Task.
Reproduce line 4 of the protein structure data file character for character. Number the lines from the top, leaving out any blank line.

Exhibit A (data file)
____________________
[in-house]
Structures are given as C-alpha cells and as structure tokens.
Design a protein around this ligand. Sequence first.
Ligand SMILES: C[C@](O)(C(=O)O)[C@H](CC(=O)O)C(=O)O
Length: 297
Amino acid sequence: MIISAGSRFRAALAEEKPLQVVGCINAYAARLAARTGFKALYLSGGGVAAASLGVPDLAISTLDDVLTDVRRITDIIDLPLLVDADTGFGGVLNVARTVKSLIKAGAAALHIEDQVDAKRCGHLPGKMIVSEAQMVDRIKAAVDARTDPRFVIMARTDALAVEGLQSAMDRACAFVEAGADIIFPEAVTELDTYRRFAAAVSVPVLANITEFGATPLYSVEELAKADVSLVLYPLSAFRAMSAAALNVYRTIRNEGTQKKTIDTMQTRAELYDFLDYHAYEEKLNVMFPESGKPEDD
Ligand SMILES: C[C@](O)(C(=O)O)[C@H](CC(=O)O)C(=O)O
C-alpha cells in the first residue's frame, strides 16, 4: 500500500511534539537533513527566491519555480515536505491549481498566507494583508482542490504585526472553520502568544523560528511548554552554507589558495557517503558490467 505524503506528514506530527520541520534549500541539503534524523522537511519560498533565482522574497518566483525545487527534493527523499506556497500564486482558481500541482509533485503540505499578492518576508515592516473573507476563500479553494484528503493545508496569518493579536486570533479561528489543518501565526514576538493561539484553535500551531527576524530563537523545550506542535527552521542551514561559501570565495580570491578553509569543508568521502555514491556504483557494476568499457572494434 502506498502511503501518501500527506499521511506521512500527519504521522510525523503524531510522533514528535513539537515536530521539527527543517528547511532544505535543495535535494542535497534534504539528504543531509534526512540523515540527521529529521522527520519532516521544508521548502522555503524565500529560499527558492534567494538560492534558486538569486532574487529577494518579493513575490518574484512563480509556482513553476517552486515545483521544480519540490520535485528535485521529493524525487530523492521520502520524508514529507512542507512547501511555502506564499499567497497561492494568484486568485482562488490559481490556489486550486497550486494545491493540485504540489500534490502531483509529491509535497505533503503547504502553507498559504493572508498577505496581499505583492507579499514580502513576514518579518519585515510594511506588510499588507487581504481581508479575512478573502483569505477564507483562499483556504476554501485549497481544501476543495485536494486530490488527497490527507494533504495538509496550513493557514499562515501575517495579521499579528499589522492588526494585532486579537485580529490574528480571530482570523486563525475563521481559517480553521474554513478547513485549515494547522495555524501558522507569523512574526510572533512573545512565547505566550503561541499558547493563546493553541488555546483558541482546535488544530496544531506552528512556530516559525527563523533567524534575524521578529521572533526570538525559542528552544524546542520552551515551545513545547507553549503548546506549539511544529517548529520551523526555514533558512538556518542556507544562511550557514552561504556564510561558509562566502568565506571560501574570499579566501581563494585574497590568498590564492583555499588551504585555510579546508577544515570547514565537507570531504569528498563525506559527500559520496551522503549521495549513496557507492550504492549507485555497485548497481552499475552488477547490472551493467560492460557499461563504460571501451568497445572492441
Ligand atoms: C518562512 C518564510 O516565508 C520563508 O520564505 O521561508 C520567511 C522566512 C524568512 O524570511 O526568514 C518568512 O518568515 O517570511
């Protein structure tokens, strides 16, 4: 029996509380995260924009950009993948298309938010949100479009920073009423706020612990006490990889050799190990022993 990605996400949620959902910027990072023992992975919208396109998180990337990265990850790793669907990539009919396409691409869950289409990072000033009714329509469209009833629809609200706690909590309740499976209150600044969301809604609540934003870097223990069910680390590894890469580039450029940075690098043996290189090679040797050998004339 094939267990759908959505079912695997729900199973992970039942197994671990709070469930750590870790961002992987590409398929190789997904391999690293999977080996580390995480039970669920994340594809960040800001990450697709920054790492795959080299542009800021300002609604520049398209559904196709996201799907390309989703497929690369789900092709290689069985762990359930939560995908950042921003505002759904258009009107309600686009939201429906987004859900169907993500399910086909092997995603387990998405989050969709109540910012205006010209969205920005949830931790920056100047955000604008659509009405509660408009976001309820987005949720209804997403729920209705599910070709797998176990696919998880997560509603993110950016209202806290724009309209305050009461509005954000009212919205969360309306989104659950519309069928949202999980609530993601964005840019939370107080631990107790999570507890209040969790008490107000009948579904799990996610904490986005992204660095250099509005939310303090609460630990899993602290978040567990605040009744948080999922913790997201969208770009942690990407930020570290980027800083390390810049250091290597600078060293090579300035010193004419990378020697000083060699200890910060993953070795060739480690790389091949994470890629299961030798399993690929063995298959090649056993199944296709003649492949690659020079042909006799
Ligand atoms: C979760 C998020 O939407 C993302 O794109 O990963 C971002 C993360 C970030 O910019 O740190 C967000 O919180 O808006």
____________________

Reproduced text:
Ligand SMILES: C[C@](O)(C(=O)O)[C@H](CC(=O)O)C(=O)O